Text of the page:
Being a fermion, a neutrino has an antimatter partner called an anti-neutrino. Under the rules of Quantum Field Theory, one can then induce β-decay by directing a beam of neutrinos into a bunch of heavy nuclei, like a thick plate of steel. Such a process would be drawn like this:

Figure 6: Enrico Fermi’s 4-fermion interaction model to describe neutrino scattering. n represents an incoming neutron, p represents an outgoing proton, e is an outgoing electron, and note the incoming electron-neutrino (νe). [Image: Mine]

Though the probability of inducing β-decay is very small but it becomes larger with higher energy. If you extrapolate this to very high energies, you find out that eventually the probability of inducing β-decay becomes larger than 100%, which is total nonsense. You can never have a 101% of your interactions result in anything. In particle physics, the sum of all probabilities must add up to 100%; in such cases where they do not, we say that “unitarity has been violated.” This terminology originates from the fact that the matrix containing all possible interaction outcomes is a unitary matrix, implying that total probability is (1) conserved and (2) identically equal to 1 (or 100%).

How does Nature avoid breaking math at high energies? Well at around 100 GeV, rather than two particles smashing into each other to produce two different particles, a neutrino will radiate a W boson and become the high speed electron (β-particle). This W boson is then absorbed by a neutron (Chadwick’s neutron) and is turned into a proton, thereby transmuting one isotope into another isotope. Since producing a W boson (mW = 80.399 GeV/c2) is not cheap and requires a lot of energy, the probability of scattering a neutrino off a nucleus is driven down and prevents unitarity from being violated.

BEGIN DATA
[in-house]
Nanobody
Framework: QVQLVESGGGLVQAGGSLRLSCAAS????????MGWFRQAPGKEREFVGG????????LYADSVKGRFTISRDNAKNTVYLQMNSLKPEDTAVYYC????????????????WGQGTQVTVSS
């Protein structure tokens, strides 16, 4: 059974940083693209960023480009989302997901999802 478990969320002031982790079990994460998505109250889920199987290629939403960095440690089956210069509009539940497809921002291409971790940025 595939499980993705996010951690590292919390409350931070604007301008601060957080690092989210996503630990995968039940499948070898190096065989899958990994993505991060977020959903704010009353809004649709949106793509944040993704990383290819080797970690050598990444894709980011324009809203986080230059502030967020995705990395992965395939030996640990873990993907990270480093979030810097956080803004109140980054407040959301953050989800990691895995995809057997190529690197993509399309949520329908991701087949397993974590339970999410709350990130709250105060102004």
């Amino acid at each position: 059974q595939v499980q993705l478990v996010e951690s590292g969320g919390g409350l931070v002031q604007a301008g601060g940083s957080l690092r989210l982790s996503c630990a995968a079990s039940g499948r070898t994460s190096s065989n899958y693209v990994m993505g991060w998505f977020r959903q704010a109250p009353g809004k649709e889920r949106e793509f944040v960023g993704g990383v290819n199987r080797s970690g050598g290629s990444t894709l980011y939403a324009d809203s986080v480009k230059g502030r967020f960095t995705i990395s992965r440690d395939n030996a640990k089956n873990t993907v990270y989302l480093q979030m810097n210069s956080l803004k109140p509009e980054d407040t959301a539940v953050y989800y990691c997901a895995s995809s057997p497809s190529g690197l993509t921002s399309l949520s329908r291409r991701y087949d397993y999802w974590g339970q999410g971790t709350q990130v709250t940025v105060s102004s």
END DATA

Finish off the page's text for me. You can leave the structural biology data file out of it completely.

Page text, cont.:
In summary, Fermi’s neutrino & Weak Nuclear Theory model is the  foundation for the Electroweak component of the Standard Model.

Figure 7: Tree-level diagram of the neutrino scattering process in which (1) a neutrino will emit a W and become an electron, and is followed by (2) a down-type quark absorbing the W boson and becoming an up-type quark. The 4-fermion model is the low-energy approximation of this description. Color represents the QCD charge held by the quarks in a nuclei. Color also makes things look nicer. [Image: Mine]

4. Majorana’s Neutrino

Antimatter, the destroyer of basilicas, the stuff of warp drives, and just all around fascinating piece of science, was predicted to exist in 1928 by the great Paul Dirac, and discovered shortly thereafter (1932) by Caltech’s Carl Anderson. This is the same Anderson who is discovered the muon, and so he probably qualifies to be my hero. One way to describe antimatter is to imagine regular, ordinary matter, but for each charge a piece of matter has its antimatter partner has the opposite charge. For example, the top quark has a number of charges: +2/3 electric charge; it can have a red, blue, or green charge from the Strong Nuclear force (QCD); and it also has a “topness” (or “truthfulness”) charge under the Weak Nuclear force. An anti-topquark then must have: a -2/3 electric charge; an anti-red, anti-blue, or anti-green “color” charge; and has “anti-topness” (or “anti-truthfulness”… does that make anti-topquarks liars?).